We've outlined some of the differences between speech-language therapy and tutoring. We want to note that some professionals who hold certification from IMSLEC, for example, may, for the ease of marketing and communication, refer to themselves as "tutors" rather than "therapists" The practices of these individuals fall in a similar category as speech-language therapy as described below. In the comparison below, we are using the word "tutoring" to refer to its more traditional use rather than to refer to those individuals with advanced training in intervention practices.

It's in your best interest, as the consumer, to talk with the professional about his or her credentials. That said, you can use the information below, as well as information from the organizations listed above, to guide you as you find the professional who best meets your needs. Most importantly, as we've said elsewhere on DyslexiaHelp, you want someone who approaches remediation in a systematic, goal-directed, outcome-driven (i.e., goals are measurable) manner and can demonstrate improvement.

Speech-language therapy



  • An SLP holds certification from the American Speech-Language-Hearing Association (ASHA) and may need state licensure. ASHA requires SLPs to maintain professional credentials that include ongoing continuing education.

  • SLPs are trained in selecting, implementing, adapting, and interpreting assessment tools and methods to evaluate skills in spoken language, both comprehension and use.
  • The occasional SLP, such as Dr. Pierson, may have received additional training in reading, spelling, and writing to specialize in literacy and dyslexia.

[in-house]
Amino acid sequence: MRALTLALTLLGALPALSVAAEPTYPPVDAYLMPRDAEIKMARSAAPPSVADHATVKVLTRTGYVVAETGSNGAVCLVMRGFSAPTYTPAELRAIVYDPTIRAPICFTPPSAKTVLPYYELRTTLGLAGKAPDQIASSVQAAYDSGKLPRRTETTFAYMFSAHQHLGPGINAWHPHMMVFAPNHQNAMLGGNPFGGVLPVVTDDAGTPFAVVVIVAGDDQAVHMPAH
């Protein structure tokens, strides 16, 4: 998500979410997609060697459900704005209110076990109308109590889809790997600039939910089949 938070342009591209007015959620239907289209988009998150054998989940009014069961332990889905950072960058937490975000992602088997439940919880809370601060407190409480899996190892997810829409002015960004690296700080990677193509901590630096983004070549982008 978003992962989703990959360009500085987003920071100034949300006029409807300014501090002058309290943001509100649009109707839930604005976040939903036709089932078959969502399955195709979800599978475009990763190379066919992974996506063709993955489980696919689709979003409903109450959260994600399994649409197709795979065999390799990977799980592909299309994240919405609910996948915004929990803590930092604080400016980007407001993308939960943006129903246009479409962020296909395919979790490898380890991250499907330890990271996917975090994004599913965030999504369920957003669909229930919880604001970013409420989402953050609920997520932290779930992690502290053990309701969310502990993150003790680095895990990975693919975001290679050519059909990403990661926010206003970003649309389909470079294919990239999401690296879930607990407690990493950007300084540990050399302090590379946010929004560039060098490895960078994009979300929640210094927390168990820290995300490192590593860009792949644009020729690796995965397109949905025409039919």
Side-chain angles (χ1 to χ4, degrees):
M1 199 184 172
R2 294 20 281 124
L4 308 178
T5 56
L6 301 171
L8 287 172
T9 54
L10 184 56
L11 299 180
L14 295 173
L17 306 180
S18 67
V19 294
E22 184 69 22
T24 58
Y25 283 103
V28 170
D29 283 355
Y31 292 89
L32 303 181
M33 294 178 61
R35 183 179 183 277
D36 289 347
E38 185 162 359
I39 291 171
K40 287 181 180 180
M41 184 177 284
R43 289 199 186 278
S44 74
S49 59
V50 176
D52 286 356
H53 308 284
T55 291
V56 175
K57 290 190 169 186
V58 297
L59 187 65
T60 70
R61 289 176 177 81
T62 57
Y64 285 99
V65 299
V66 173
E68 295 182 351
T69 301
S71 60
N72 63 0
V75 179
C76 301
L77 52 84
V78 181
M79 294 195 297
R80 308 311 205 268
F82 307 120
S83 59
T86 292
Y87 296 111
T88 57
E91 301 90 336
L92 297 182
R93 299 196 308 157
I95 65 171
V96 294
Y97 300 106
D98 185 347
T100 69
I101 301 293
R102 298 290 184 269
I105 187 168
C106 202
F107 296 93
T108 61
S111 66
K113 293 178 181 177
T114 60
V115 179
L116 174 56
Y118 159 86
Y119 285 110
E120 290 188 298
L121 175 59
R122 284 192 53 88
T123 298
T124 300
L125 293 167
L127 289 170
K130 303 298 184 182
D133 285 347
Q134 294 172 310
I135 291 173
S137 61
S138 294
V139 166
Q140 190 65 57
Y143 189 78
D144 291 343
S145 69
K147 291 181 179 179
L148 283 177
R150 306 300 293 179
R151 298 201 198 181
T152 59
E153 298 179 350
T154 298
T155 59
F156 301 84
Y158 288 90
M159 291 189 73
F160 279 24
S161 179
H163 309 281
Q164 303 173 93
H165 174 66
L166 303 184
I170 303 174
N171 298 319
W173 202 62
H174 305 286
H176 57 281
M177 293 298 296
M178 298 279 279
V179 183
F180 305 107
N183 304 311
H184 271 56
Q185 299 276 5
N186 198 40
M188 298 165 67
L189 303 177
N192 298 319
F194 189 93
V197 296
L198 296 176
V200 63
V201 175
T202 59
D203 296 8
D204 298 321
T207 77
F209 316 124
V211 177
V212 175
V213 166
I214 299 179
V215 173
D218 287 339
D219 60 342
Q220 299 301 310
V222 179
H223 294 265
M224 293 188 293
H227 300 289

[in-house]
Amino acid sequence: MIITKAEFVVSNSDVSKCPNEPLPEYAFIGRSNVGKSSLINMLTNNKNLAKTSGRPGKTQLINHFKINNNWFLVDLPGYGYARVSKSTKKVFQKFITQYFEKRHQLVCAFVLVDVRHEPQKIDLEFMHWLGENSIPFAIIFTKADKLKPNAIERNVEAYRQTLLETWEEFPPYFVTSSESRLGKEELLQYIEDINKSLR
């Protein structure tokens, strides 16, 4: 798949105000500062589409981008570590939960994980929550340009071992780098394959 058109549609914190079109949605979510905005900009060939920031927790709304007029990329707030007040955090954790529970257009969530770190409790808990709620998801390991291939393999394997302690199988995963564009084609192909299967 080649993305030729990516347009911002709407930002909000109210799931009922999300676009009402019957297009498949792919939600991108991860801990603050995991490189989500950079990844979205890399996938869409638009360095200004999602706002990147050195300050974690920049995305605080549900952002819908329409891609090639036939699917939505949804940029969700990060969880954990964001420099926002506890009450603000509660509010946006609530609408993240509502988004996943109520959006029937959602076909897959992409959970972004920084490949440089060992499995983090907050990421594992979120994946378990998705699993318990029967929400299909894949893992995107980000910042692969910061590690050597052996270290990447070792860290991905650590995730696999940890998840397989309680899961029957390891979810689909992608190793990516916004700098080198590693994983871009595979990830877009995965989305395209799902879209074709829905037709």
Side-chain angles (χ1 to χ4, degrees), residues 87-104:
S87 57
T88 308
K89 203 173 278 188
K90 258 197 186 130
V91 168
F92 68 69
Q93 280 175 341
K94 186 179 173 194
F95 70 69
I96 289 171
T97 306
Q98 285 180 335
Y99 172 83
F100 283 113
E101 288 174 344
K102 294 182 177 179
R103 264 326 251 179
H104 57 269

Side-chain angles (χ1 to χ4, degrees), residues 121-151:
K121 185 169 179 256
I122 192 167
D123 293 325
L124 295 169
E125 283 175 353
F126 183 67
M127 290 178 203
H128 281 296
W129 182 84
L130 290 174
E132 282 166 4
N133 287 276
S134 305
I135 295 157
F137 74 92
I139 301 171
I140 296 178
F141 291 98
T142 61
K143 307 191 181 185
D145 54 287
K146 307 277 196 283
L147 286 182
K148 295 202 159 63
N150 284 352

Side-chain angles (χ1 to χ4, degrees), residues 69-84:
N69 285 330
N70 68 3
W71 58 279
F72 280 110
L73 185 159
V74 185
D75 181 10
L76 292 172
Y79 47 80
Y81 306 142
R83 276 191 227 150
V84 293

• An SLP will provide therapy with individual goals based on testing results. He or she will periodically assess the student’s progress toward those goals using standardized and informal testing measures.
  • An SLP may have a background in a variety of literacy programs and be able to select from one program or parts of programs that may best work for each student.



  • Qualified tutors will have one of the certifications listed above. As noted, these people may refer to themselves as "tutors" when in practice they act in similar ways to a therapist - developing goals and objectives and conducting ongoing assessment to inform their intervention with your child. In these cases, many of the points under "Speech-language therapy" will apply to the work of these individuals.
  • A tutor may also be a student who excels in a specific area of study, a teacher, or a person who is interested in helping people. They may or may not have any formal training and they are not required to have ongoing professional development training.
  • Tutors typically are not trained to administer diagnostic assessments, and therefore rely on others to administer these tests.